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Native STEM association brings more than 2,000 to OKC

Native Americans from academic institutions and the public and private sectors across the country descended on Oklahoma City for the annual American Indian Science and Engineering Society national conference. From Oct. 4-6, participants from science, technology, engineering and mathematics sectors met and discussed issues in these fields and how to improve the Native American participation rate.

CPN tribal member Kaya DeerInWater,who serves the Nation as a botanist and Gtegemen (We Grow It) community garden assistant, is a regular at AISES events. The Lafromboise family descendent credits the organization with providing his first interaction with large groups of Native Americans while studying ecology and botany at the University of California, Davis. The California native described his involvement with AISES as an opportunity to meet Native Americans with similar interests and passions.

Attendees enjoy a powwow at the 2018 AISES national convention.

“It was really a great place to meet other like-minded folks,” DeerInWater said. “I met some of my best friends there. It’s where I met my wife.”

DeerInWater’s wife, Kathy, currently serves as the organization’s director of special projects and research. She spearheaded this year’s event.

With offices in Albuquerque, New Mexico, and Boulder, Colorado, the organization’s reach is unparalleled for Native Americans involved in the STEM fields. DeerInWater lauded AISES for fostering both the personal and the professional connections he’s established. Through participating in AISES, he met his academic adviser and fellow CPN tribal member, Robin Wall Kimmerer, Ph.D. She is a leading academic in the field of plant ecology and serves as the director of the Center for Native Peoples and the Environment at SUNY College of Environmental Science and Forestry in Syracuse, New York.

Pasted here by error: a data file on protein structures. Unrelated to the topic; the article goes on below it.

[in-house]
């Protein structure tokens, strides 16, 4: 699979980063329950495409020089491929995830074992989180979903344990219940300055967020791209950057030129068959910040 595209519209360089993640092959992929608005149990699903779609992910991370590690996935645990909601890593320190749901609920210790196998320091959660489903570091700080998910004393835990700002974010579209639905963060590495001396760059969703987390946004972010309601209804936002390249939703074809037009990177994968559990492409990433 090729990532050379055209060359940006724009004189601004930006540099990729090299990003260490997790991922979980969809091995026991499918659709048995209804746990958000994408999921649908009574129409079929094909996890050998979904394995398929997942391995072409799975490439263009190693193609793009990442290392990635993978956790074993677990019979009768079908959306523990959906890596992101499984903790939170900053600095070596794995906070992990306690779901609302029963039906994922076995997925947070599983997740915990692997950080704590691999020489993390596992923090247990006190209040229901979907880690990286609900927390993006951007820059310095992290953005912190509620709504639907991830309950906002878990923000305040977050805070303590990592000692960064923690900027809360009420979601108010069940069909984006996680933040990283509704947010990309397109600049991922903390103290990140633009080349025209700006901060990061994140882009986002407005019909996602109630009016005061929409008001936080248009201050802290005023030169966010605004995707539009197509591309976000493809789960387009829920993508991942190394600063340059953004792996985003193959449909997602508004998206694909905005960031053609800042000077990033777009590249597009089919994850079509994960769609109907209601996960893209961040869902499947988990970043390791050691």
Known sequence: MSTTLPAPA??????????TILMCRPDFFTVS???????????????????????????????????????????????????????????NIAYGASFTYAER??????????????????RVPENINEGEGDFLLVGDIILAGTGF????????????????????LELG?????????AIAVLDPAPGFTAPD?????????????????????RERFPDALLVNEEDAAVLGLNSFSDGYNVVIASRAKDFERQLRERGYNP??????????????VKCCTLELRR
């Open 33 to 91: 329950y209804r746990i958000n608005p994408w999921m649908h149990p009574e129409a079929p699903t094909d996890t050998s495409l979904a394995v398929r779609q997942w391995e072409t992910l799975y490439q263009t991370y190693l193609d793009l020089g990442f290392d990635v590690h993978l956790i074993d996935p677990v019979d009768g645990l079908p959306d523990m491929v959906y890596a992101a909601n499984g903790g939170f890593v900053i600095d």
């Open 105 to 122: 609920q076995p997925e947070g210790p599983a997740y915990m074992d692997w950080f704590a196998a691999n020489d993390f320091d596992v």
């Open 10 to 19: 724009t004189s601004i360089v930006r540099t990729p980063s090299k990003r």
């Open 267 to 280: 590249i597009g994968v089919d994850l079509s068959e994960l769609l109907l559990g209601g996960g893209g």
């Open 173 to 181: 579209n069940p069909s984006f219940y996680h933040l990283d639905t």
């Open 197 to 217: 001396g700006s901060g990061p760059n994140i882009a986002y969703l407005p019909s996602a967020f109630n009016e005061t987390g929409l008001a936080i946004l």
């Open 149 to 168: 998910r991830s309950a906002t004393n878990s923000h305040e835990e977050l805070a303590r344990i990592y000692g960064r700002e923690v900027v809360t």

The AISES national conference also blends professional and traditional aspects. While this year’s conference brought academia, government agencies, tribal entities and private corporations together for a college and career fair, culturally relevant events including an opening ceremony and traditional dancing also took place. A council of Native elders consisting of STEM-focused individuals answered conference attendees’ questions and discussed
their concerns.

It’s this combination CPN’s DeerInWater said he holds in such high regard.

“It really blends between the cultural context and science,” he explained. “They work really hard to include everybody and Native culture.”

Though the society’s focus centers on those studying or working in the STEM fields, the national conference doesn’t exclude those who are not currently in those sectors. DeerInWater described the career fair as an excellent opportunity to see the breadth of employers looking for skilled candidates, including linguists
from government agencies such as the CIA and private sector firms with tribal business experience.

Founded in 1977, with a rapidly expanding membership of more than 4,000 members, AISES sustains 190 chartered college and university chapters, 15 professional chapters and 158 affiliated K-12 schools supporting over 55,000 students. AISES has awarded over $11 million in academic scholarships to over 5,000 American Indian STEM students. Through scholarships and internships, workforce development and career resources, national and regional conferences, science fairs, leadership development, and other STEM focused programming, AISES is the leader in STEM opportunities for North American Indigenous people.

For complete information on the American Indian Science and Engineering Society, please visit aises.org.